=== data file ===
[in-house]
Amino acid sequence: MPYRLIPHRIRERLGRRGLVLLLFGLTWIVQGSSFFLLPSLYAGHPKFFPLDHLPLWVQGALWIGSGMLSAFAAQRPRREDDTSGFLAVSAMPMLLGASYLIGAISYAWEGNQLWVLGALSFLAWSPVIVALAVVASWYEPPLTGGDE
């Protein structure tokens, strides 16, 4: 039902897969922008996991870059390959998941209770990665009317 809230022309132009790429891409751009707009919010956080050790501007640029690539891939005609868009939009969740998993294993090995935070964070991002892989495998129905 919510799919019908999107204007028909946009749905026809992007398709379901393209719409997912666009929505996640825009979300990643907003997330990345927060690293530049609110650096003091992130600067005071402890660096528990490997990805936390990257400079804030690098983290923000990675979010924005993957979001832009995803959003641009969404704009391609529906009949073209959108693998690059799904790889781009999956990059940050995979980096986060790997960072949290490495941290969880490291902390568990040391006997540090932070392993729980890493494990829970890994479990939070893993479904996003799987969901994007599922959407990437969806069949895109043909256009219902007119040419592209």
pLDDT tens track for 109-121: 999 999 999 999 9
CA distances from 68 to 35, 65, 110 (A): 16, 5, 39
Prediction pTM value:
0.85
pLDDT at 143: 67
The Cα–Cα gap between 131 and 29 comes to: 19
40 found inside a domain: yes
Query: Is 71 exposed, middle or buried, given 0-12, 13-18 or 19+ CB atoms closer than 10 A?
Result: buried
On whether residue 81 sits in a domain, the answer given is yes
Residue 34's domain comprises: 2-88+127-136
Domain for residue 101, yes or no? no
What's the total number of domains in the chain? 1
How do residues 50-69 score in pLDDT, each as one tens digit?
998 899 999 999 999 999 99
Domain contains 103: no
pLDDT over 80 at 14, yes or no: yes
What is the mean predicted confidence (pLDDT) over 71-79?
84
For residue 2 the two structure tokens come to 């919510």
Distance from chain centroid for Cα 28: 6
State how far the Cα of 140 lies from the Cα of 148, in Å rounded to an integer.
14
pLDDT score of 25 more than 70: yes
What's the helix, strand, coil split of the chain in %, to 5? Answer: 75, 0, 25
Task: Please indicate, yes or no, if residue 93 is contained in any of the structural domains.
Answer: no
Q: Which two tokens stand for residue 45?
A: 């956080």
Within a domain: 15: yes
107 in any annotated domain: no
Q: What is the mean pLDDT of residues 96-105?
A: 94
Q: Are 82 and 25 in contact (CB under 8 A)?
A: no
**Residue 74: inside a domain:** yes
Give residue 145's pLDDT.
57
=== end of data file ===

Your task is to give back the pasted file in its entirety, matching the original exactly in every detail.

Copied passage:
[in-house]
Amino acid sequence: MPYRLIPHRIRERLGRRGLVLLLFGLTWIVQGSSFFLLPSLYAGHPKFFPLDHLPLWVQGALWIGSGMLSAFAAQRPRREDDTSGFLAVSAMPMLLGASYLIGAISYAWEGNQLWVLGALSFLAWSPVIVALAVVASWYEPPLTGGDE
């Protein structure tokens, strides 16, 4: 039902897969922008996991870059390959998941209770990665009317 809230022309132009790429891409751009707009919010956080050790501007640029690539891939005609868009939009969740998993294993090995935070964070991002892989495998129905 919510799919019908999107204007028909946009749905026809992007398709379901393209719409997912666009929505996640825009979300990643907003997330990345927060690293530049609110650096003091992130600067005071402890660096528990490997990805936390990257400079804030690098983290923000990675979010924005993957979001832009995803959003641009969404704009391609529906009949073209959108693998690059799904790889781009999956990059940050995979980096986060790997960072949290490495941290969880490291902390568990040391006997540090932070392993729980890493494990829970890994479990939070893993479904996003799987969901994007599922959407990437969806069949895109043909256009219902007119040419592209």
pLDDT tens track for 109-121: 999 999 999 999 9
CA distances from 68 to 35, 65, 110 (A): 16, 5, 39
Prediction pTM value:
0.85
pLDDT at 143: 67
The Cα–Cα gap between 131 and 29 comes to: 19
40 found inside a domain: yes
Query: Is 71 exposed, middle or buried, given 0-12, 13-18 or 19+ CB atoms closer than 10 A?
Result: buried
On whether residue 81 sits in a domain, the answer given is yes
Residue 34's domain comprises: 2-88+127-136
Domain for residue 101, yes or no? no
What's the total number of domains in the chain? 1
How do residues 50-69 score in pLDDT, each as one tens digit?
998 899 999 999 999 999 99
Domain contains 103: no
pLDDT over 80 at 14, yes or no: yes
What is the mean predicted confidence (pLDDT) over 71-79?
84
For residue 2 the two structure tokens come to 């919510």
Distance from chain centroid for Cα 28: 6
State how far the Cα of 140 lies from the Cα of 148, in Å rounded to an integer.
14
pLDDT score of 25 more than 70: yes
What's the helix, strand, coil split of the chain in %, to 5? Answer: 75, 0, 25
Task: Please indicate, yes or no, if residue 93 is contained in any of the structural domains.
Answer: no
Q: Which two tokens stand for residue 45?
A: 């956080």
Within a domain: 15: yes
107 in any annotated domain: no
Q: What is the mean pLDDT of residues 96-105?
A: 94
Q: Are 82 and 25 in contact (CB under 8 A)?
A: no
**Residue 74: inside a domain:** yes
Give residue 145's pLDDT.
57